Anna Reads young adult book blog

Monday, January 24, 2011

Book of Tomorrow by Cecelia Ahern

>Book of Tomorrow
By Cecelia Ahern
January 25, 2911
Harper, 320 pages

Born into the lap of luxury and comfortable in the here and now, spoiled, tempestuous Tamara Goodwin has never had to look to the future—until the abrupt death of her father leaves her and her mother a mountain of debt and forces them to move in with Tamara's peculiar aunt and uncle in a tiny countryside village.

Tamara is lonely and bored, with a traveling library as her only diversion. There she finds a large leather-bound book with a gold clasp and padlock, but no author name or title. Intrigued, she pries open the lock, and what she finds inside takes her breath away.

Tamara sees entries written in her own handwriting, and dated for the following day. When the next day unfolds exactly as recorded, Tamara realizes she may have found a solution to her problems. But in her quest to find answers, Tamara soon learns that some pages are better left unturned and that, try as she may, she mustn't interfere with fate.

— description

This book was creepy mysterious. I'm talking creepy on the level of Kathy Bates in Misery. I mean, in the setting of a secluded old Irish gatehouse out in the woods near the ruins of a CASTLE, how can it not be creepy? I loved all the heebie-jeebies this mystery gave me.

And I enjoyed the main character. She's—and I hate this word, so bear with me—sassy. She's sort of a spoiled jerk, but you like her anyway.

The only problem is that the girl is sooo introspective. There's a lot of internal dialogue to weed through, so it felt like we didn't really get into the mysterious (and magical!) parts of it until well past halfway through the novel. I wish the plot hadn't been so would have really enhanced the sense of suspense throughout.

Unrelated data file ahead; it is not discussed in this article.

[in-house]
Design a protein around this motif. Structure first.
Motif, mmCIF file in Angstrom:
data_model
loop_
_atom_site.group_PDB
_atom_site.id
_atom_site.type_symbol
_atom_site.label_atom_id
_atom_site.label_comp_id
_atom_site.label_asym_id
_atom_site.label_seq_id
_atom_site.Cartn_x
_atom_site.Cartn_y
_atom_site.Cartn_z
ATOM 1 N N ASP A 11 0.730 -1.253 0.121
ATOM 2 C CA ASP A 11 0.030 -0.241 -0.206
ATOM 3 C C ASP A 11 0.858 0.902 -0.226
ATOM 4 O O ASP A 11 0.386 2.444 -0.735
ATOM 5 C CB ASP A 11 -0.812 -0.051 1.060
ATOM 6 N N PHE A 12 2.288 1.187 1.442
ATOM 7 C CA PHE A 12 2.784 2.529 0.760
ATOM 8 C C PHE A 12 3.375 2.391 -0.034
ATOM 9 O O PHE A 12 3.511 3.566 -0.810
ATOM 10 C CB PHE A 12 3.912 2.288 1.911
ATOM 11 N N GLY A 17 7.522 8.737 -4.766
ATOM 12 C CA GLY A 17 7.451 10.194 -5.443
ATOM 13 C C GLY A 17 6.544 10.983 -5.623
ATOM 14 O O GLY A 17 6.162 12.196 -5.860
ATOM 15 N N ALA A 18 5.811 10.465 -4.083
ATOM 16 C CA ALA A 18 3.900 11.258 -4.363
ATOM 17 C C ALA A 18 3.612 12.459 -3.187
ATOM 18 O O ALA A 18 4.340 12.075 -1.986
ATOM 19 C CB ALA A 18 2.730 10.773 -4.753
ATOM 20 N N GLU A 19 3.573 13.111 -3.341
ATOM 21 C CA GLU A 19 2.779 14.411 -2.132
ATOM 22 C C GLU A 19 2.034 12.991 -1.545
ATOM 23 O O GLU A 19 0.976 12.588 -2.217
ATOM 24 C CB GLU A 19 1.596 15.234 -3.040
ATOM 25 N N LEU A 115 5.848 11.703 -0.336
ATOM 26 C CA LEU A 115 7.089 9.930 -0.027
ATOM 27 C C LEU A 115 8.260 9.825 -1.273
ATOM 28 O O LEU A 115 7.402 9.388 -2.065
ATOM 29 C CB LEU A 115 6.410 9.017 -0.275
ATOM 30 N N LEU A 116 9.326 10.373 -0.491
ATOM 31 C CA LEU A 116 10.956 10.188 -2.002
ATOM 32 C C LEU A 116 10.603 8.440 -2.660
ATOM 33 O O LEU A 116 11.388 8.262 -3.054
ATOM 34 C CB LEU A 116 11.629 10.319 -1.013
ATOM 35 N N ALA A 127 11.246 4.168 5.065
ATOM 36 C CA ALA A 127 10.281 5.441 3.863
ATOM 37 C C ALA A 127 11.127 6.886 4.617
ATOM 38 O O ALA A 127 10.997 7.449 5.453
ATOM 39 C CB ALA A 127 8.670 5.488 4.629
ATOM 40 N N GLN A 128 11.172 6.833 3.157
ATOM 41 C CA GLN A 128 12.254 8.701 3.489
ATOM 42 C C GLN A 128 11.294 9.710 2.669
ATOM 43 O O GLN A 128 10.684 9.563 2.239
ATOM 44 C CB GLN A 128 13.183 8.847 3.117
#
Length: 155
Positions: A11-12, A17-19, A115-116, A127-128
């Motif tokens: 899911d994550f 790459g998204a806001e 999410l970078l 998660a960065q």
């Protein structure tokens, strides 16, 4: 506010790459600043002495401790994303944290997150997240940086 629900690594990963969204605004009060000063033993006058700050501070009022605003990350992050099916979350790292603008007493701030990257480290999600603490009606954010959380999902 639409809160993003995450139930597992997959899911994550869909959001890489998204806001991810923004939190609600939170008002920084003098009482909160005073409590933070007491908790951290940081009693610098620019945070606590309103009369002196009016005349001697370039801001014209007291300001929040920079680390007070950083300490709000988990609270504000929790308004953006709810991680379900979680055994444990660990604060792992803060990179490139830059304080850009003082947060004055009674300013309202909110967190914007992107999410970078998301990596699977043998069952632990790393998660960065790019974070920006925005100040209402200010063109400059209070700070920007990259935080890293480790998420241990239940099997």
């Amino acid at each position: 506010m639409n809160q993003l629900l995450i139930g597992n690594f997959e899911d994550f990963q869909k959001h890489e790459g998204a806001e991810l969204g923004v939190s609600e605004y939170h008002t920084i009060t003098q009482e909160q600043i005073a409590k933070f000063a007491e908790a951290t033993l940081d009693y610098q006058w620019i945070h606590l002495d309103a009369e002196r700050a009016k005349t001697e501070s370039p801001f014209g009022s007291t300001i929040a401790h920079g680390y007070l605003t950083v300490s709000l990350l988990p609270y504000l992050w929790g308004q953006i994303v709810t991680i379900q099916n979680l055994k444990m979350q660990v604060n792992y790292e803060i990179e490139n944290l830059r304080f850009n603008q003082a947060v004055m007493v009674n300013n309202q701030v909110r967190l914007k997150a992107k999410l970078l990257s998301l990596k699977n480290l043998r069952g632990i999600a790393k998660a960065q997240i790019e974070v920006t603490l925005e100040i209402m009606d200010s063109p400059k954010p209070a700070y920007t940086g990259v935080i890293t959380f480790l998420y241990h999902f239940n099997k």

Overall, an intriguing story! Bonus: Cecelia Ahern is the author of P.S. I Love You, which was made into a movie that you should only watch if you are in the need of a great, big cry. Also: She's the daughter of the former prime minister of Ireland. Cool points!

Check it out yourself: Enter my contest below to win and advance copy of The Book of Tomorrow. Be sure to read my contest policies first. (U.S. residents only! Sorry!)

Anna Reads young adult book blog

Sunday, January 23, 2011

In My Mailbox 5

I got a LITTLE bit of loot from the library this week—enough for a "In My Mailbox" post, a weekly event of sorts hosted by Kristi at The Story Siren about what new books came in the mail (or library or whatever) this week. I was in a big rush though, so I didn't have time to shop the shelves.


Very excited to get How to Ruin My Teenage Life, the sequel to How to Ruin My Summer Vacation. (See my review here!) I must know what happens with Avi!

Photobucket SIGNIFICANTLY less fun news, my new book club pick is in. That's it above. You guys, do you see why I seem so reluctant when I talk about book club in my blog header? Love them. Love going and talking and drinking the wine. But this is JUST not my type of book. How am I going to get myself to read it? Ack.

Happy Sunday, guys. I've got the Crock-Pot going and my Devin Hester jersey on...GO BEARS!

Anna Reads young adult book blog

Friday, January 21, 2011

Follow Friday 13

This week on Follow Friday, Parajunkee is asking: Who do you cheer for?

Um, HELLO! I'm from Chicago, what do you think? So what if I'm a natural-born Cheese Head...the Packers are goin' DOWN on Sunday. Go Bears!

Anna Reads young adult book blog

Thursday, January 20, 2011

Time for a Lil Bloggiesta


Maw Books Blog is hosting a "Bloggiesta" that I'll be joining in on this weekend. It's a little push to get bloggers to take care of business. We make a to-do list for January 21, 22 and 23, and do our very bestest to cross some things off our blog to-do list. Here are my goals:

  • Write 2 reviews
  • Write 7 feature posts
  • Make some feature buttons
  • Track my progress on challenges
  • Fix the font on my post titles
  • Update my policies
  • Update SEO
  • Clean out my Amazon wish list
  • Decide whether I want to start using GoodReads...or not
  • Organize my Google Reader
Okay, that's more than I can take on. But I'm gonna try. Wish me luck! Anna Reads young adult book blog

One Night That Changes Everything by Lauren Barnholdt

One Night That Changes Everything
By Lauren Barnholdt
July 6, 2010
Simon Pulse, 256 pages